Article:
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on June 9, 2015
Was really good to visit Roland Again!
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on April 15, 2015
Last Summer I binge read the Dark Tower series and it was a great experience for me. The story was new and fresh for me and is one of the best stories I've read in a long time! Having said that I must say going back to the story almost one year later after finding out how it ended was a sort of letdown. Don't get me wrong this is still a good novel and should not be missed by Dark Tower and Stephen King fans but I couldn't work up the enthusiasm I had for the series last year. My advice to those people reading the Dark Tower novels for the first time is to read them all in sequence to get the best experience. To those like me who read everything except this novel by all means go back and read the novel. It's still a great story and you won't regret the time spent...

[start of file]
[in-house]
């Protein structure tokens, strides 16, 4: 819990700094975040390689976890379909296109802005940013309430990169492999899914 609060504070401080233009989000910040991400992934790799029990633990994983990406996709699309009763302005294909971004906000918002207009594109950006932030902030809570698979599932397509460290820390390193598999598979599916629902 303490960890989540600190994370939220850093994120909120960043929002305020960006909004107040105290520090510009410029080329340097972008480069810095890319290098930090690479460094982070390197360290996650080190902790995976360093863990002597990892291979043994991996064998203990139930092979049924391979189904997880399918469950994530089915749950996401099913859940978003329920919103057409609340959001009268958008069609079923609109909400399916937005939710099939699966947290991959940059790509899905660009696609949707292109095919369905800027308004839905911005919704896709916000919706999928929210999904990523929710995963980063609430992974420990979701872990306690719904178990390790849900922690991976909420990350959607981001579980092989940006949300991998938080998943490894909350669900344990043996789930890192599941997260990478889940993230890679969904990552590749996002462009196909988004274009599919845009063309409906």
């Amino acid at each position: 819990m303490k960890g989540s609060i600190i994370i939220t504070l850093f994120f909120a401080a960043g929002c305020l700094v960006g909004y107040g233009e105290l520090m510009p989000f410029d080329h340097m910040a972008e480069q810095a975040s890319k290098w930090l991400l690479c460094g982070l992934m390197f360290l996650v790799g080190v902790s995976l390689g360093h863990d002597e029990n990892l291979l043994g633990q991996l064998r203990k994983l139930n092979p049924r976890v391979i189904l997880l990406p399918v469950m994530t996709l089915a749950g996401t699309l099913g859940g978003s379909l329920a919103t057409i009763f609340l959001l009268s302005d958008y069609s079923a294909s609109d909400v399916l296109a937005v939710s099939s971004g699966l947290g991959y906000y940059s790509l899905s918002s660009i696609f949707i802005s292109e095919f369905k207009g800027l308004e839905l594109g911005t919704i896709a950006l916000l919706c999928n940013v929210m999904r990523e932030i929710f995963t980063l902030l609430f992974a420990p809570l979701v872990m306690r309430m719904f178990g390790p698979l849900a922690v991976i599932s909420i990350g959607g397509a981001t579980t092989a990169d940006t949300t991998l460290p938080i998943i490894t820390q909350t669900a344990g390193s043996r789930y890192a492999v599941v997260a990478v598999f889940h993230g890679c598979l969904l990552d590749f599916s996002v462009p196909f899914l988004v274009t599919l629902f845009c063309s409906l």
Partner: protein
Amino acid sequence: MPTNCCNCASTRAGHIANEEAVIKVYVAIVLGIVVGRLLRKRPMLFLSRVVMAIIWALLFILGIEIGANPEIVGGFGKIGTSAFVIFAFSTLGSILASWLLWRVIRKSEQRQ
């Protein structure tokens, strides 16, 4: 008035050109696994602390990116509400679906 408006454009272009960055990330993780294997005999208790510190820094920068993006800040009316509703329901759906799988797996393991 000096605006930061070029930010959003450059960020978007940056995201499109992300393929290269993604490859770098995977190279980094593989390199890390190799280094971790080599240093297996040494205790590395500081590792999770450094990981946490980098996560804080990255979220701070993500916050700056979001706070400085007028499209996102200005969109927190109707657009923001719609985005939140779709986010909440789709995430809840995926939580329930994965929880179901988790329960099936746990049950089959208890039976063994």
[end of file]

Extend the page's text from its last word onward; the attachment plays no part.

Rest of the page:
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on January 5, 2015
This guy is amazing! I don't know how but he manages to pick up the ends and slap them together years after finishing, in this case the story started in 1974.
Another story about and by Roland and it's right where it should be in context & content. For many years Edgar A. Poe was my favorite author,he finally gave way to Clive Barker, and Steven King took the high seat when I discovered him in the 90's. I think I'm going to go out with King sitting in the high seat to the very end.